Sunday, September 19, 2010

Nabbing Hyndman Peak, Feeling Like a Trail Runner

Yesterday afternoon I set off for Hyndman Peak like a mafia informant being whisked away to the witness protection program.  It's been one of those weeks where it wasn't at all clear when or if I'd be able to get in a good run - between soccer coaching duties, regular weekend tasks, and a sickness running rampant through the household.  So when a window opened up unexpectedly in the late afternoon, I checked the weather forecast, packed up and was out the door in five minutes, speeding to the trailhead.

If you live in the Sun Valley area, Hyndman is one of the anchors of the landscape.  It's one of the small number of Idaho 12er's (elev 12,009) and the tallest peak in the close-in Pioneer range. It beckons.  Always.  Six miles trailhead to top, with about 5,000 feet of vert, there's a lot of steep hiking, including a talus scramble up the last 3/4 mile, but much of it is pretty runnable.  

I can't say exactly what it was about yesterday's outing - that I was feeling good, that the trail on the return was feeling soft and fast, that it was a windfall long run - but for the first time since my knee went south last winter, I felt like a trail runner.  I felt like myself.  It was a great afternoon.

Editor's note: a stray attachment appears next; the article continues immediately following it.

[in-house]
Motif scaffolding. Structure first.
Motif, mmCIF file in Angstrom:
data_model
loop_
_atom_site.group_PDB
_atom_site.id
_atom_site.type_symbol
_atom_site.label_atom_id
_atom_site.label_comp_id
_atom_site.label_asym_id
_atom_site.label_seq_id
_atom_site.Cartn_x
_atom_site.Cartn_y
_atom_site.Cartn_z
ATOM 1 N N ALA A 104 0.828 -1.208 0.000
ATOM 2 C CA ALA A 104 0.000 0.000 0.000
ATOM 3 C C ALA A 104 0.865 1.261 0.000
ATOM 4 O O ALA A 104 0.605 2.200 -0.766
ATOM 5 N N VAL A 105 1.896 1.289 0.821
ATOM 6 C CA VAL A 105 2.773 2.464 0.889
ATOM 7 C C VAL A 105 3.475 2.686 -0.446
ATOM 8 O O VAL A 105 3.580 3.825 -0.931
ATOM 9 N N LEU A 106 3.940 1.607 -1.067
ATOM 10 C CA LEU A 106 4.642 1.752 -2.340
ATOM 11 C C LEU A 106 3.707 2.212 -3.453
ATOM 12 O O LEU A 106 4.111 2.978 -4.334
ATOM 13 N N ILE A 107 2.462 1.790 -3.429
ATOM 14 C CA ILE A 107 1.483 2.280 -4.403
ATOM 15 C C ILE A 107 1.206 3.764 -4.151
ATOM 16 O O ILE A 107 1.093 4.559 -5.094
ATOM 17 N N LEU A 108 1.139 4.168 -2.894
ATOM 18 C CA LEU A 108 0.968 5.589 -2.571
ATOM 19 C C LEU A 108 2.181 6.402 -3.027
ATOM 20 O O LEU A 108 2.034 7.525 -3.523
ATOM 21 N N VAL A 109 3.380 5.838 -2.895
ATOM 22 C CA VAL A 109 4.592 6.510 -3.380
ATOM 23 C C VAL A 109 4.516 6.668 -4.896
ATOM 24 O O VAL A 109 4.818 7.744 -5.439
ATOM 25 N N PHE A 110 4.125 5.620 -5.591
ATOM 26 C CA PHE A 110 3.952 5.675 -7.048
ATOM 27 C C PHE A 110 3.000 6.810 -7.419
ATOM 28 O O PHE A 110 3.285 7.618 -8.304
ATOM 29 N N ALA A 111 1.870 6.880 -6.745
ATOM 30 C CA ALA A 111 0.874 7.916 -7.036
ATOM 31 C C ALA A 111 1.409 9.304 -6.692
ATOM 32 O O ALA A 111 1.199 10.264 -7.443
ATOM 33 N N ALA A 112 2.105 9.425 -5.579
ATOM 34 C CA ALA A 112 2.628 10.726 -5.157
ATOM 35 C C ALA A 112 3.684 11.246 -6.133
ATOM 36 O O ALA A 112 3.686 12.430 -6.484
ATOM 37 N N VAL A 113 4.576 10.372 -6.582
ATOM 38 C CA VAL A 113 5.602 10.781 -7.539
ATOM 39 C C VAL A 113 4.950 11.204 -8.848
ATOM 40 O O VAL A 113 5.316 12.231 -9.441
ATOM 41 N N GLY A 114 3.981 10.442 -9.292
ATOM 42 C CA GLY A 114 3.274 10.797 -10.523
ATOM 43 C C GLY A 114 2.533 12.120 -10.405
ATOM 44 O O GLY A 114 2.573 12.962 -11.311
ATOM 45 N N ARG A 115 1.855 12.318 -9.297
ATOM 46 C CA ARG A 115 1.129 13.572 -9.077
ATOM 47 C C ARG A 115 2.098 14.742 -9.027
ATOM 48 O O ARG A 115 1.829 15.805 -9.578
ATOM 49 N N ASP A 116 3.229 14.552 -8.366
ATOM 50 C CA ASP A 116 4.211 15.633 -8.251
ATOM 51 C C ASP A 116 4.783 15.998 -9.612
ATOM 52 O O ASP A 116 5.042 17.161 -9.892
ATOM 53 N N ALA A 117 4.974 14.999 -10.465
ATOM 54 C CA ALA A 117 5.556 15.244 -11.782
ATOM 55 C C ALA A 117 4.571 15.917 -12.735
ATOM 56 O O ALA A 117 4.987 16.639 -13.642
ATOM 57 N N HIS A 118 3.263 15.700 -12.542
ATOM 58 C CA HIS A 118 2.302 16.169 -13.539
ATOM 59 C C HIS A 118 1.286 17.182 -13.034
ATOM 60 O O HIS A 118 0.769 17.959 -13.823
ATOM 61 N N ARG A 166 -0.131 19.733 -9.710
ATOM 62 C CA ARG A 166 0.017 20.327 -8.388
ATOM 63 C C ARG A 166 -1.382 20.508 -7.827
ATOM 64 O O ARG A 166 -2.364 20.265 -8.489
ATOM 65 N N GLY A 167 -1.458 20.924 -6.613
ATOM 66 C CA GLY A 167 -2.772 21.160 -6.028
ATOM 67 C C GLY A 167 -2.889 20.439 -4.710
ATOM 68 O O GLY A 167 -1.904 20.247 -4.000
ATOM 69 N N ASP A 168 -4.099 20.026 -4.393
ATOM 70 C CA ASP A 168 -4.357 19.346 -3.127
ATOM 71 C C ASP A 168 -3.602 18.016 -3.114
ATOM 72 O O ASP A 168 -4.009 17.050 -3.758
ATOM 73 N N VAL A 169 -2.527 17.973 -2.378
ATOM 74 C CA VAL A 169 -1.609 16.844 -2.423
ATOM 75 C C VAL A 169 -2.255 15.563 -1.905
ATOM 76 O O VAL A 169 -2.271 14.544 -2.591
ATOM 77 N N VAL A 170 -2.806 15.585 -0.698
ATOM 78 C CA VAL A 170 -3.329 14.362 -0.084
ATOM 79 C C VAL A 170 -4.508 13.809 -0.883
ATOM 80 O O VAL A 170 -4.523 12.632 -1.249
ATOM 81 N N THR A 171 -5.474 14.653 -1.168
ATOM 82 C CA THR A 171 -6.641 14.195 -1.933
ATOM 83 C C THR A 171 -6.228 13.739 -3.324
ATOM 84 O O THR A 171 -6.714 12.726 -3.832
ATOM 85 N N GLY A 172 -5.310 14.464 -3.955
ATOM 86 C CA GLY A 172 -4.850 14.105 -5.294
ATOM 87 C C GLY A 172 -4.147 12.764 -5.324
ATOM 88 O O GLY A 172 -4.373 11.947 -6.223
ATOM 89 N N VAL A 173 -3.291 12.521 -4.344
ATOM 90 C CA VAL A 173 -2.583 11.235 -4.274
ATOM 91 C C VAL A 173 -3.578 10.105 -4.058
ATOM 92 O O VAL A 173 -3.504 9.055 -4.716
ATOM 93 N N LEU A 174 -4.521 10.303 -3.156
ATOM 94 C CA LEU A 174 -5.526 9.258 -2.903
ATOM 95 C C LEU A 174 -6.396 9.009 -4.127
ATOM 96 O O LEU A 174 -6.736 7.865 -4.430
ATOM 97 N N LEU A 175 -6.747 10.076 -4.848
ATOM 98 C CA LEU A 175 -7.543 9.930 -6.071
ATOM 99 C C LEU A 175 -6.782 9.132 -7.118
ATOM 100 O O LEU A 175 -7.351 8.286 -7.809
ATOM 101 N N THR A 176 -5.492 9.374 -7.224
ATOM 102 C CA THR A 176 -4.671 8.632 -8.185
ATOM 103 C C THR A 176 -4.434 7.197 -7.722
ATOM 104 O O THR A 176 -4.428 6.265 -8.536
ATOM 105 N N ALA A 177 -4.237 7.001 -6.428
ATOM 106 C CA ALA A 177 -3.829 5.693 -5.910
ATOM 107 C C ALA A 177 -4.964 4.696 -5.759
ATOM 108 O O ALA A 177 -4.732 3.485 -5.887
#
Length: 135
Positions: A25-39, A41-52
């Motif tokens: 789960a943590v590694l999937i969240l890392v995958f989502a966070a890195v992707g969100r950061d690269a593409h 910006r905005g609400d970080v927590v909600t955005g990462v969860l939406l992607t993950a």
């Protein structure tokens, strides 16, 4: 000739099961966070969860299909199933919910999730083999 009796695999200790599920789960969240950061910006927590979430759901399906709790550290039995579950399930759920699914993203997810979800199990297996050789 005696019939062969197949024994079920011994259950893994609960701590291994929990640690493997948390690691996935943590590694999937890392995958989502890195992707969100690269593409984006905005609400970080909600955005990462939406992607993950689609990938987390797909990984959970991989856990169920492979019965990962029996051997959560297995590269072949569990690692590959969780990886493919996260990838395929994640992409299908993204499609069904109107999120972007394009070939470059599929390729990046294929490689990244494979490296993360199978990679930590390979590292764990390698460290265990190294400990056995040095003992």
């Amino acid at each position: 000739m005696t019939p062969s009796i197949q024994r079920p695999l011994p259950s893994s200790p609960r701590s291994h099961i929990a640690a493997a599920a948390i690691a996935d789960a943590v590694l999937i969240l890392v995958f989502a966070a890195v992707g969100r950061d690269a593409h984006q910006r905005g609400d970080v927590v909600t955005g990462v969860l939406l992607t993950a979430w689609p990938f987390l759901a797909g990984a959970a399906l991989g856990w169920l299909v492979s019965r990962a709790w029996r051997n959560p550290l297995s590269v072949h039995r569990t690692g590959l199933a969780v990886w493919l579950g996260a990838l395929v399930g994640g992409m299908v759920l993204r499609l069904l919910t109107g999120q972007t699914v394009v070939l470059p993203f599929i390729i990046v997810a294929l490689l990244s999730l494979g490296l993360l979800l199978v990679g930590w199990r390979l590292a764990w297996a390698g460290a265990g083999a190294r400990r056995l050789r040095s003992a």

Autumn hitting its stride
Looking at Hyndman from near the Pio Yurt
Heading up the Hyndman Basin, looking at Cobb Peak
Halfway up the talus scramble. Cobb Peak in background.
Looking back at the basin
From the top, looking down on Old Hyndman Peak (right) and Cooper Basin (left).


Middle-aged runner said...

Man, you live in paradise!

Gretchen said...

Right on, trail runner! You capture a beautiful feeling. Autumn is definitely the best time for running in the high-country, I'd say. Few things motivate like stolen moments on trail and the knowledge of inevitable, impending, inexorable winter storms.

Hank Dart said...

Thanks, Gretchen. It feels great to feel like a runner again, no matter where the knee takes me from here. And I definitely agree, Autumn is a special time in the mountains, however great summer is.

Middle-aged runner, I agree with you too and feel lucky to call the mountains home. I visited your blog; good luck on your Boston qualifier.